The hard-edge abstractions of the painter Frederick Hammersley (1919-2009), who began his career in Los Angeles and later moved to New Mexico, have never enjoyed much of a New York presence. They were last seen in bulk here in a two-person exhibition at Artists Space in 1987, a year after the artist’s only New York gallery show and more than 20 years after his rare inclusion in a New York museum show: the Op-Art-centric “Responsive Eye” exhibition at the Museum of Modern Art in 1965.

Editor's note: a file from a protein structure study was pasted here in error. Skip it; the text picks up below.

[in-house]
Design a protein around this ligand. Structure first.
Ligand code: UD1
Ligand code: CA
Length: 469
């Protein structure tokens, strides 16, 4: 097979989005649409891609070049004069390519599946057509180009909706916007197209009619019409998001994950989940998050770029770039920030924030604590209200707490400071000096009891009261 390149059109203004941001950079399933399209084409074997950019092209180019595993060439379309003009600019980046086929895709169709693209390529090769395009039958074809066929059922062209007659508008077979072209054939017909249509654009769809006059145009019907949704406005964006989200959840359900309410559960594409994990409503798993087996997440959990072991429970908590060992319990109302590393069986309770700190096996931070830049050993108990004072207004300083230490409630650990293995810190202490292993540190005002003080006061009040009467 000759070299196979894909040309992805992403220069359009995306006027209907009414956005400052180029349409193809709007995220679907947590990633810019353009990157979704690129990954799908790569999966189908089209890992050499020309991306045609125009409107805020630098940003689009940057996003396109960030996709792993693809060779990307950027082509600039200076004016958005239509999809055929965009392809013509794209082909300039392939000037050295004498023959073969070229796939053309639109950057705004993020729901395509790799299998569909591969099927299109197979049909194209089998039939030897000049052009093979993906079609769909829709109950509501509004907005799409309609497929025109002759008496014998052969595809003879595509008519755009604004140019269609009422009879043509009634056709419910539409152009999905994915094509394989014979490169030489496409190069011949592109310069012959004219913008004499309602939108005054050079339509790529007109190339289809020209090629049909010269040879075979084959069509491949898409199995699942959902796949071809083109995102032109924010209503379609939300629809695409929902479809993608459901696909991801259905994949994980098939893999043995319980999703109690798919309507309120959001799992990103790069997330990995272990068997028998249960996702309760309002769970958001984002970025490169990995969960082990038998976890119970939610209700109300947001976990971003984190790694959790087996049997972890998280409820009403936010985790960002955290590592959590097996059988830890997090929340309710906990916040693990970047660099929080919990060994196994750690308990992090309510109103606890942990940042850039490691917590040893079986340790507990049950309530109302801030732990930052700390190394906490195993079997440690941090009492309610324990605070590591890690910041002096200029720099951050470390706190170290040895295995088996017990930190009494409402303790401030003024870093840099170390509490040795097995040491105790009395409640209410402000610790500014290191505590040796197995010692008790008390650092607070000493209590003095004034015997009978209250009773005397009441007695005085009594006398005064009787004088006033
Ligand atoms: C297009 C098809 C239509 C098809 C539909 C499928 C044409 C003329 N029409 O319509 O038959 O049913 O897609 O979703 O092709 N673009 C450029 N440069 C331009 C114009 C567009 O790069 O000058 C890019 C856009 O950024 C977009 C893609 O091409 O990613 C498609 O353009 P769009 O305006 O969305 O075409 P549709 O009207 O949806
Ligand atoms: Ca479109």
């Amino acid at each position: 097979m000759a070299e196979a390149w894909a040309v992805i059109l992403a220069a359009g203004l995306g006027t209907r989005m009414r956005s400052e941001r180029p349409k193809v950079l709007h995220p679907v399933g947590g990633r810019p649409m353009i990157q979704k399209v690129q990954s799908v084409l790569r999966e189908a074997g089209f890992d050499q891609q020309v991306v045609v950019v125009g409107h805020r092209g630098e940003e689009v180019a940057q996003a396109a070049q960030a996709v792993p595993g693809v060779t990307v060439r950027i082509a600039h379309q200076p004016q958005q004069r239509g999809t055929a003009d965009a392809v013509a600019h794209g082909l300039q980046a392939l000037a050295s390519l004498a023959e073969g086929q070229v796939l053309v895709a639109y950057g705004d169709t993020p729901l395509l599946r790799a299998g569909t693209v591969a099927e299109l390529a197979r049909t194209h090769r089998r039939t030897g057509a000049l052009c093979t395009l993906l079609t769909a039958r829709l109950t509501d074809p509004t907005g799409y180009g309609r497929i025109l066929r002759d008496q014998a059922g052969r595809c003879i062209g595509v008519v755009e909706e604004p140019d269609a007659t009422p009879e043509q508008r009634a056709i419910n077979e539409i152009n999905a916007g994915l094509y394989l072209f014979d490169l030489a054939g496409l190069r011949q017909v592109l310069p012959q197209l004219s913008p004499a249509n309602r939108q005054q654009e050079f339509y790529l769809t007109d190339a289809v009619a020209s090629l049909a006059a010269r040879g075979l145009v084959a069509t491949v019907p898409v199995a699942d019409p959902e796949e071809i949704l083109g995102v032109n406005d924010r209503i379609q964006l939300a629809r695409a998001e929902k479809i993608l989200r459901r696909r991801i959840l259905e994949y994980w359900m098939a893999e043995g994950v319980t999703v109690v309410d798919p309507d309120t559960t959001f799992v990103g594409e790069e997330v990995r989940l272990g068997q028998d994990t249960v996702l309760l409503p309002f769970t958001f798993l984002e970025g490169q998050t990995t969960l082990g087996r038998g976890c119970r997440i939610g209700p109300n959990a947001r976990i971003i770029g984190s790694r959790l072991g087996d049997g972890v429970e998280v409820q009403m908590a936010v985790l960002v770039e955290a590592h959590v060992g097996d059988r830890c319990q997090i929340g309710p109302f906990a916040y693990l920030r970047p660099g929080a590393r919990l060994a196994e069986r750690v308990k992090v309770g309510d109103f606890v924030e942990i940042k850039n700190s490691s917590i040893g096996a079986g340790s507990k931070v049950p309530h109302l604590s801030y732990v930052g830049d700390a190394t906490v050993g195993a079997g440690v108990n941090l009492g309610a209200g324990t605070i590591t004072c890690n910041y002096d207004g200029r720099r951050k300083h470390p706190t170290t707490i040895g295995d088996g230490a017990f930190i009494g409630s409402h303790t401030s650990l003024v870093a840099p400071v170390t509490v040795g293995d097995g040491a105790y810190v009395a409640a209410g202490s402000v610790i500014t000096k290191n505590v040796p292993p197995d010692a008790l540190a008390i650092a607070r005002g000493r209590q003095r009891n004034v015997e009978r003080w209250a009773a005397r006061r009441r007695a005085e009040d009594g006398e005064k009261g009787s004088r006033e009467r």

The two groups of works here suggest an artist always slightly out of step with his time but very assured of his own sensibility. The gallery’s larger space holds boldly distilled geometric paintings from the 1970s, when Mr. Hammersley was clearly pushing beyond the simplified geometries of John McLaughlin, a West Coast artist 20 years his senior, with strong colors, a hard, shiny surface and a penchant for stark diagonals and sudden spacial shifts that pack considerable punch. The second space is devoted to the smaller, more organic abstractions that Hammersley made starting in the mid-1980s. Still somewhat hard edged, and even more sharp colored, these works coil the forms of the earlier works into something more personal. Their curving and protruding shapes interlock like puzzles; their taut compositions are further compressed by distinctively notched and stained wood frames of the artist’s making. Sharing common ground with several contemporary New York painters, including Thomas Nozkowski, Andrew Masullo and Carrie Moyer, these works feel, suddenly, very much of the moment.